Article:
Study shows that 73% of Brits are too polite to tell colleagues or business partners that they do not trust them
A survey of over 2000 workers and managers for The Centre for Effective Dispute Resolution (CEDR) has found that 54% of Britons believe it’s a fact of life that you have to work with people you do not trust.
Conflict avoidance is rife, with 73% of respondents saying that they would never tell someone that they don’t trust them, primarily to ‘avoid conflict’ and maintain ‘good practice’.
“Trust is not absolute. We hear of tolerance as being a virtue but to tolerate means accepting something which you would prefer not to. Furthermore just because someone is tolerated does not mean effective collaboration takes place and poses the ‘Collaboration-Trust Conundrum’. A situation where people are working together in blissful ignorance that there is not genuine trust should be thought of as a ‘conlaboration’ rather than a true collaboration,” said Dr Karl Mackie, CEDR CEO.
Unexpected perceptions of risk, gender and communication in relation to collaborative working were also uncovered by the study. Further details of these findings can be found at www.cedr.com/foundation/collaboration.
The survey is part of CEDR’s foundation activity, looking to understand issues around collaboration and develop new collaborative capabilities for business leaders.
82% believe face-to-face meetings to be ‘vital’ or ‘helpful’ in enabling successful collaboration, whereas technology-based forms of communication and networking are deemed far less helpful. Most people viewed instant messaging or project management tools as being either ‘unhelpful’ or only ‘neutral’, a minority of 40% of respondents valued this sort of technology.
The survey showed that as impersonal contact decreases, so too does faith in its ability to aid collaboration, with only 27% believing social networks are ‘helpful’ or ‘vital’ in the work environment.
‘Gender’ is generally not perceived to have an affect on collaboration, yet when quizzed about specific collaborative factors, more than half (56%) perceived women to have higher levels of ‘emotional intelligence’ and 39% said men are better at confronting conflicts objectively.
Men are also perceived to exhibit greater consistency in behaviour by both males (43%) and females (31%) and also for being better at ‘stepping up to the plate’ or ‘assuming a leadership role’ when required. Whereas men and women (34% overall) agreed women were better at ‘acknowledging co-workers and giving credit where due’.
“The perception is that men are better leaders who can make tough decisions and act consistently. Women are perceived by respondents as being more emotionally intelligent and better at dealing with ‘feelings’. Arguably, this conforms to stereotypes but the impact and substance of this ‘gender perception’ on collaboration can be investigated as part of our ongoing study,” commented Dr Mackie.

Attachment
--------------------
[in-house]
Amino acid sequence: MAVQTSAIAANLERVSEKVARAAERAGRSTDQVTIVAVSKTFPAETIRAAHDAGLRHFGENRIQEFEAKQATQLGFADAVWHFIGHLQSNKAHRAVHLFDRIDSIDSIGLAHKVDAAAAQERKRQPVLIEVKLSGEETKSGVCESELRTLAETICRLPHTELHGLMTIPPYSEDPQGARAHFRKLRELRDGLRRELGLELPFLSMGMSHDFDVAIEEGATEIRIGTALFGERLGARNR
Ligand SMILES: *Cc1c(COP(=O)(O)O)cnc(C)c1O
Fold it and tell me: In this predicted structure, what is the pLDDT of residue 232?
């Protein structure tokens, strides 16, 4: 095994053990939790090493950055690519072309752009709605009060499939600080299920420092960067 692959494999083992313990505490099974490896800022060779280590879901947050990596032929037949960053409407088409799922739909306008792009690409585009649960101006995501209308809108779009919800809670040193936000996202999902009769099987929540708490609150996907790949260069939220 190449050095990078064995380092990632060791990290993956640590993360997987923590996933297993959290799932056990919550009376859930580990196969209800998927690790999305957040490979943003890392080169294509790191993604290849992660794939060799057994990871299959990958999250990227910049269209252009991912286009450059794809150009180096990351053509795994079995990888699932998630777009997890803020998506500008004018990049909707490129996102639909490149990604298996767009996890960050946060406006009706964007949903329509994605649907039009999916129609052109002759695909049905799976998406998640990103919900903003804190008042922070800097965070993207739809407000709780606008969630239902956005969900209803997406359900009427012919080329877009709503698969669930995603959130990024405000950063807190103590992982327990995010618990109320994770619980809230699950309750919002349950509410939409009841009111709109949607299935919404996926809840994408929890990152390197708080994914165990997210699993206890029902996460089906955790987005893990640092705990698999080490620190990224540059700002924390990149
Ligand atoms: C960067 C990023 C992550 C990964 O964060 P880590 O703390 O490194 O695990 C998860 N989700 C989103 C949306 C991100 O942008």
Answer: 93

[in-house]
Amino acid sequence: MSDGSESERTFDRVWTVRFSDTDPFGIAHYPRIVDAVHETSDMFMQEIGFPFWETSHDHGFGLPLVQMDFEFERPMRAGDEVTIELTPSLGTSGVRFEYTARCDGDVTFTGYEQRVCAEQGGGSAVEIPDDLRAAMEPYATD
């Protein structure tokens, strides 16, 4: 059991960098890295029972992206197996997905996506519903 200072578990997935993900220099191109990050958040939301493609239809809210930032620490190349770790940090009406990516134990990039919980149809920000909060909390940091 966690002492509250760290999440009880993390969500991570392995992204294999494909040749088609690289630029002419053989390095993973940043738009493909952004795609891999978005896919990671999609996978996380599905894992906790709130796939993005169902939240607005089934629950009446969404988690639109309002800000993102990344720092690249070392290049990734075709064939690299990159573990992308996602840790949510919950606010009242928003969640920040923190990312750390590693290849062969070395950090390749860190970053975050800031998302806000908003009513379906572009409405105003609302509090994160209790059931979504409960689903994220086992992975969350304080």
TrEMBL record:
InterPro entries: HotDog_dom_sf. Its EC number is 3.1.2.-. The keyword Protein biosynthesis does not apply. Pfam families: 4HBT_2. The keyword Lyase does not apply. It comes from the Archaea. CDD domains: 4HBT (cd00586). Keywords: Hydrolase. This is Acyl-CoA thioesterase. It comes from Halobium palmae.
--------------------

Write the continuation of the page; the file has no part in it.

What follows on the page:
Risk of failed collaboration
Lack of communication (35%) and lack of leadership (32%) are the two most commonly cited reasons for teamwork breaking down.
Respondents also believe that the impact of failed collaboration is greater on their organisation than on themselves as individuals. The biggest risks of failed collaboration are believed to be ‘effect on company reputation’ (18%) and ‘effect on company morale’ (18%).
‘Honesty’ is perceived to be the most important part of building trust with 90% highlighting its importance.
As part of the project, CEDR has also interviewed a number of senior business executives and academics regarding their own experiences of collaboration, and their reaction to the findings of the study. The full list of video interviews conducted around the subject is available on the CEDR website www.cedr.com/foundation/collaboration.
“Nobody has an organisation of people whom they completely trust in all circumstances. So you’ve got to decide what you want to trust people about - be it their analytical ability, their ability to tell you if things are going wrong, or their ability to work together for the good of the project.” Sir Peter Middleton, chairman of Marsh UK and ex-chairman of Camelot Group, Barclays Bank and CEDR
“Today, the winning organisations will have a strong collaborative ethos. The key model is not for the leader to be superior - but rather to be akin to a theatre director, whose job is to take a bunch of people and turn them into an ensemble, where status differences are eliminated in the pursuit of a common performance.” Professor Nigel Nicholson, Professor of Organisational Behaviour at London Business School
“Can you collaborate without trust? Yes, you can. There can be certain elements of trust which can be used to get a collaborative engagement going; for example if you break down a relationship into its constituent parts there may be a number of those parts where there is already quite a lot of trust. Latching onto the trust that already exists is a great way of starting to get collaboration going.” Geoff Lloyd, Ernst and Young, Executive Director, Tax Controversy & Risk Management
CEDR is a not-for-profit body, founded in 1990, that campaigns for better resolution of disputes and management of conflicts. CEDR’s foundation activity promotes awareness of the need for more effective dialogue and how to achieve it. CEDR’s commercial arm comprises:
CEDR Dispute Resolution Services: Europe’s largest independent alternative dispute resolution service, which to date has helped over 100,000 parties in commercial and consumer disputes,
CEDR Skills Services: The leading negotiation and conflict management trainer internationally acclaimed for its Mediator Skills Training of over 7000 mediators. It also consults globally on Civil Justice reform and helps business develop conflict management systems.
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